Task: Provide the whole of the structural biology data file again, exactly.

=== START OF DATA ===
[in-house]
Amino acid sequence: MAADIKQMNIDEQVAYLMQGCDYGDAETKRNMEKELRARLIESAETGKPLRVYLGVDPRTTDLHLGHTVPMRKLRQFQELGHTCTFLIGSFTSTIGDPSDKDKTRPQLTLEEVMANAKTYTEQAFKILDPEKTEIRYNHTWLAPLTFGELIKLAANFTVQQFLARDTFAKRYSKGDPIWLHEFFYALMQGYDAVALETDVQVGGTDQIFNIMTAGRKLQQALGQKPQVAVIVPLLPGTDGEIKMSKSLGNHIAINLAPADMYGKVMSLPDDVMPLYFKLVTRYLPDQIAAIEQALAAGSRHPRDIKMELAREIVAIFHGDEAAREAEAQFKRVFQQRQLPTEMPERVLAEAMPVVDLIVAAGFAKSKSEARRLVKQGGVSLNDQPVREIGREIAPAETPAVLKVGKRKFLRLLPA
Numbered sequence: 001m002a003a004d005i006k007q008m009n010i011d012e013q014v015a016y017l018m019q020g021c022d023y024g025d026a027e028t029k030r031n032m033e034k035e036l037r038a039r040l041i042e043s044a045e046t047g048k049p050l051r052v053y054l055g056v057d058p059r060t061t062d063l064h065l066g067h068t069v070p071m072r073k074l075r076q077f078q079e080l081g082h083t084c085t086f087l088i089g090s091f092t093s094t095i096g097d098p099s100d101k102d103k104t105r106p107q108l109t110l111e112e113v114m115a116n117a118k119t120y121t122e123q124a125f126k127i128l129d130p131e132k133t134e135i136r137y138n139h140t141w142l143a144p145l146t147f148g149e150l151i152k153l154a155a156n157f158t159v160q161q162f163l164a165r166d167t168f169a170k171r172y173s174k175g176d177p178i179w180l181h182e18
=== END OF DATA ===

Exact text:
[in-house]
Amino acid sequence: MAADIKQMNIDEQVAYLMQGCDYGDAETKRNMEKELRARLIESAETGKPLRVYLGVDPRTTDLHLGHTVPMRKLRQFQELGHTCTFLIGSFTSTIGDPSDKDKTRPQLTLEEVMANAKTYTEQAFKILDPEKTEIRYNHTWLAPLTFGELIKLAANFTVQQFLARDTFAKRYSKGDPIWLHEFFYALMQGYDAVALETDVQVGGTDQIFNIMTAGRKLQQALGQKPQVAVIVPLLPGTDGEIKMSKSLGNHIAINLAPADMYGKVMSLPDDVMPLYFKLVTRYLPDQIAAIEQALAAGSRHPRDIKMELAREIVAIFHGDEAAREAEAQFKRVFQQRQLPTEMPERVLAEAMPVVDLIVAAGFAKSKSEARRLVKQGGVSLNDQPVREIGREIAPAETPAVLKVGKRKFLRLLPA
Numbered sequence: 001m002a003a004d005i006k007q008m009n010i011d012e013q014v015a016y017l018m019q020g021c022d023y024g025d026a027e028t029k030r031n032m033e034k035e036l037r038a039r040l041i042e043s044a045e046t047g048k049p050l051r052v053y054l055g056v057d058p059r060t061t062d063l064h065l066g067h068t069v070p071m072r073k074l075r076q077f078q079e080l081g082h083t084c085t086f087l088i089g090s091f092t093s094t095i096g097d098p099s100d101k102d103k104t105r106p107q108l109t110l111e112e113v114m115a116n117a118k119t120y121t122e123q124a125f126k127i128l129d130p131e132k133t134e135i136r137y138n139h140t141w142l143a144p145l146t147f148g149e150l151i152k153l154a155a156n157f158t159v160q161q162f163l164a165r166d167t168f169a170k171r172y173s174k175g176d177p178i179w180l181h182e18